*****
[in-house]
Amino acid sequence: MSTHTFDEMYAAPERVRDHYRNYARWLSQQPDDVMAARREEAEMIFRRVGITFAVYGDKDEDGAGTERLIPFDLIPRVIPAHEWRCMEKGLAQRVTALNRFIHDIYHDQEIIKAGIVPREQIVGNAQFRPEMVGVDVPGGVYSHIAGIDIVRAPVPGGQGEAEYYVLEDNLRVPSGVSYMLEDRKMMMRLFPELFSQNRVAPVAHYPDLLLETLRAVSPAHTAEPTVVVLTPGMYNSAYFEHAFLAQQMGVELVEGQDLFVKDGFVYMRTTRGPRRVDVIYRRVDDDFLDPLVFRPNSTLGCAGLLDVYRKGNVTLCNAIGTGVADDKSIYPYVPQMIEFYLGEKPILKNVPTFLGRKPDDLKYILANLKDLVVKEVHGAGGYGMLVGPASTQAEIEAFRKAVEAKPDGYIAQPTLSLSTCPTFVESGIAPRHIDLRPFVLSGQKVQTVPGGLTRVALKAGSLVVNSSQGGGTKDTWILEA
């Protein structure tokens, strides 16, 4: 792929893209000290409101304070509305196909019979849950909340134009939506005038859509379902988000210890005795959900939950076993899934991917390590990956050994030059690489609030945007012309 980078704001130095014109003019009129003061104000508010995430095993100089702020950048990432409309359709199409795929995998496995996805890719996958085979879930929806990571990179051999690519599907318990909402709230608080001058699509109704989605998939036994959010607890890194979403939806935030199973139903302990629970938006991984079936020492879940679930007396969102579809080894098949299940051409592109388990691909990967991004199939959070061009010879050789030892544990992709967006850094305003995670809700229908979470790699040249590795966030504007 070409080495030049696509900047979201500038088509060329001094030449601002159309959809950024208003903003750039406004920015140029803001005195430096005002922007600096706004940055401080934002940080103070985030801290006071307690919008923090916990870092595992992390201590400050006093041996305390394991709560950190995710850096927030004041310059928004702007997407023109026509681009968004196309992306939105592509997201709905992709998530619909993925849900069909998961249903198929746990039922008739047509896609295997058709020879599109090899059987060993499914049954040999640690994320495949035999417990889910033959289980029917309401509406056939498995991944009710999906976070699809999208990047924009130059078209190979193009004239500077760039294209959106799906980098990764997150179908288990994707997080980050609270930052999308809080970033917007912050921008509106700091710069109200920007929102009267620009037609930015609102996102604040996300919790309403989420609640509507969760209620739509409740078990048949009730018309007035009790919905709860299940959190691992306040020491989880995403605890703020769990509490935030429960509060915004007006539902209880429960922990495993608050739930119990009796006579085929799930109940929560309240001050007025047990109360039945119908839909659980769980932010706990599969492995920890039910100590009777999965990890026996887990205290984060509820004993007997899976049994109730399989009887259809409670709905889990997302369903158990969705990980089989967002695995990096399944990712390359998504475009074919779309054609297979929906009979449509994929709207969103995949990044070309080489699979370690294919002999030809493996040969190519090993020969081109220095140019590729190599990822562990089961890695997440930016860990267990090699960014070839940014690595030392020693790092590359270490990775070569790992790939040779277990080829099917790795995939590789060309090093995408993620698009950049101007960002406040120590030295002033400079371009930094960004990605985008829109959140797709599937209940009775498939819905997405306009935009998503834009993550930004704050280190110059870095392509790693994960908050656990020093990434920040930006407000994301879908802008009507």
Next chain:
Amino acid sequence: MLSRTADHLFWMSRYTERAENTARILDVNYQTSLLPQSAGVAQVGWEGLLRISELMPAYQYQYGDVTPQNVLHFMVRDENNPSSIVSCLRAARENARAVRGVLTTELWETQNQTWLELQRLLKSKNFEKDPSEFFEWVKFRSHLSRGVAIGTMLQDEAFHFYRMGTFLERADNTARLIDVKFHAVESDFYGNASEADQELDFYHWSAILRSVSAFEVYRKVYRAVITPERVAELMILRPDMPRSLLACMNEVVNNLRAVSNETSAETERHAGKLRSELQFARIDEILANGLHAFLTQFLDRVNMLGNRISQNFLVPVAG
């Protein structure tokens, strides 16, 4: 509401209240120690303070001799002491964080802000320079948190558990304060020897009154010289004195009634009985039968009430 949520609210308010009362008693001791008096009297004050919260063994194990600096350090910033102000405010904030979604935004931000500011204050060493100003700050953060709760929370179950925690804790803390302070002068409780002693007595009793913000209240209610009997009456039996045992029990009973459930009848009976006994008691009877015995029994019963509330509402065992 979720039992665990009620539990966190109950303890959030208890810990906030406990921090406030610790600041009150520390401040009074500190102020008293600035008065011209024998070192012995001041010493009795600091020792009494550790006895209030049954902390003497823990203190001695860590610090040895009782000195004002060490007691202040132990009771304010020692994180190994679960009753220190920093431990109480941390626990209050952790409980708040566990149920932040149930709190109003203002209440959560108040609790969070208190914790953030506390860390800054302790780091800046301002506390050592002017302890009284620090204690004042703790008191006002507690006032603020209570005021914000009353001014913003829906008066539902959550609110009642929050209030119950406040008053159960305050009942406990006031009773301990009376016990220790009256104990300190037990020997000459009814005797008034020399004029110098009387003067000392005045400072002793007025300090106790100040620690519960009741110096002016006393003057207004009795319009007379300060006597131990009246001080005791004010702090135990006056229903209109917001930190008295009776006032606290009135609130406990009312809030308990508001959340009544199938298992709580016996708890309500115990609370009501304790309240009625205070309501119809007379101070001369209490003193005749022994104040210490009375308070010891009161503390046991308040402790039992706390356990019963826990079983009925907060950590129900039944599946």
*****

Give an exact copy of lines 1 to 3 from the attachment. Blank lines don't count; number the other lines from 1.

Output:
[in-house]
Amino acid sequence: MSTHTFDEMYAAPERVRDHYRNYARWLSQQPDDVMAARREEAEMIFRRVGITFAVYGDKDEDGAGTERLIPFDLIPRVIPAHEWRCMEKGLAQRVTALNRFIHDIYHDQEIIKAGIVPREQIVGNAQFRPEMVGVDVPGGVYSHIAGIDIVRAPVPGGQGEAEYYVLEDNLRVPSGVSYMLEDRKMMMRLFPELFSQNRVAPVAHYPDLLLETLRAVSPAHTAEPTVVVLTPGMYNSAYFEHAFLAQQMGVELVEGQDLFVKDGFVYMRTTRGPRRVDVIYRRVDDDFLDPLVFRPNSTLGCAGLLDVYRKGNVTLCNAIGTGVADDKSIYPYVPQMIEFYLGEKPILKNVPTFLGRKPDDLKYILANLKDLVVKEVHGAGGYGMLVGPASTQAEIEAFRKAVEAKPDGYIAQPTLSLSTCPTFVESGIAPRHIDLRPFVLSGQKVQTVPGGLTRVALKAGSLVVNSSQGGGTKDTWILEA
């Protein structure tokens, strides 16, 4: 792929893209000290409101304070509305196909019979849950909340134009939506005038859509379902988000210890005795959900939950076993899934991917390590990956050994030059690489609030945007012309 980078704001130095014109003019009129003061104000508010995430095993100089702020950048990432409309359709199409795929995998496995996805890719996958085979879930929806990571990179051999690519599907318990909402709230608080001058699509109704989605998939036994959010607890890194979403939806935030199973139903302990629970938006991984079936020492879940679930007396969102579809080894098949299940051409592109388990691909990967991004199939959070061009010879050789030892544990992709967006850094305003995670809700229908979470790699040249590795966030504007 070409080495030049696509900047979201500038088509060329001094030449601002159309959809950024208003903003750039406004920015140029803001005195430096005002922007600096706004940055401080934002940080103070985030801290006071307690919008923090916990870092595992992390201590400050006093041996305390394991709560950190995710850096927030004041310059928004702007997407023109026509681009968004196309992306939105592509997201709905992709998530619909993925849900069909998961249903198929746990039922008739047509896609295997058709020879599109090899059987060993499914049954040999640690994320495949035999417990889910033959289980029917309401509406056939498995991944009710999906976070699809999208990047924009130059078209190979193009004239500077760039294209959106799906980098990764997150179908288990994707997080980050609270930052999308809080970033917007912050921008509106700091710069109200920007929102009267620009037609930015609102996102604040996300919790309403989420609640509507969760209620739509409740078990048949009730018309007035009790919905709860299940959190691992306040020491989880995403605890703020769990509490935030429960509060915004007006539902209880429960922990495993608050739930119990009796006579085929799930109940929560309240001050007025047990109360039945119908839909659980769980932010706990599969492995920890039910100590009777999965990890026996887990205290984060509820004993007997899976049994109730399989009887259809409670709905889990997302369903158990969705990980089989967002695995990096399944990712390359998504475009074919779309054609297979929906009979449509994929709207969103995949990044070309080489699979370690294919002999030809493996040969190519090993020969081109220095140019590729190599990822562990089961890695997440930016860990267990090699960014070839940014690595030392020693790092590359270490990775070569790992790939040779277990080829099917790795995939590789060309090093995408993620698009950049101007960002406040120590030295002033400079371009930094960004990605985008829109959140797709599937209940009775498939819905997405306009935009998503834009993550930004704050280190110059870095392509790693994960908050656990020093990434920040930006407000994301879908802008009507």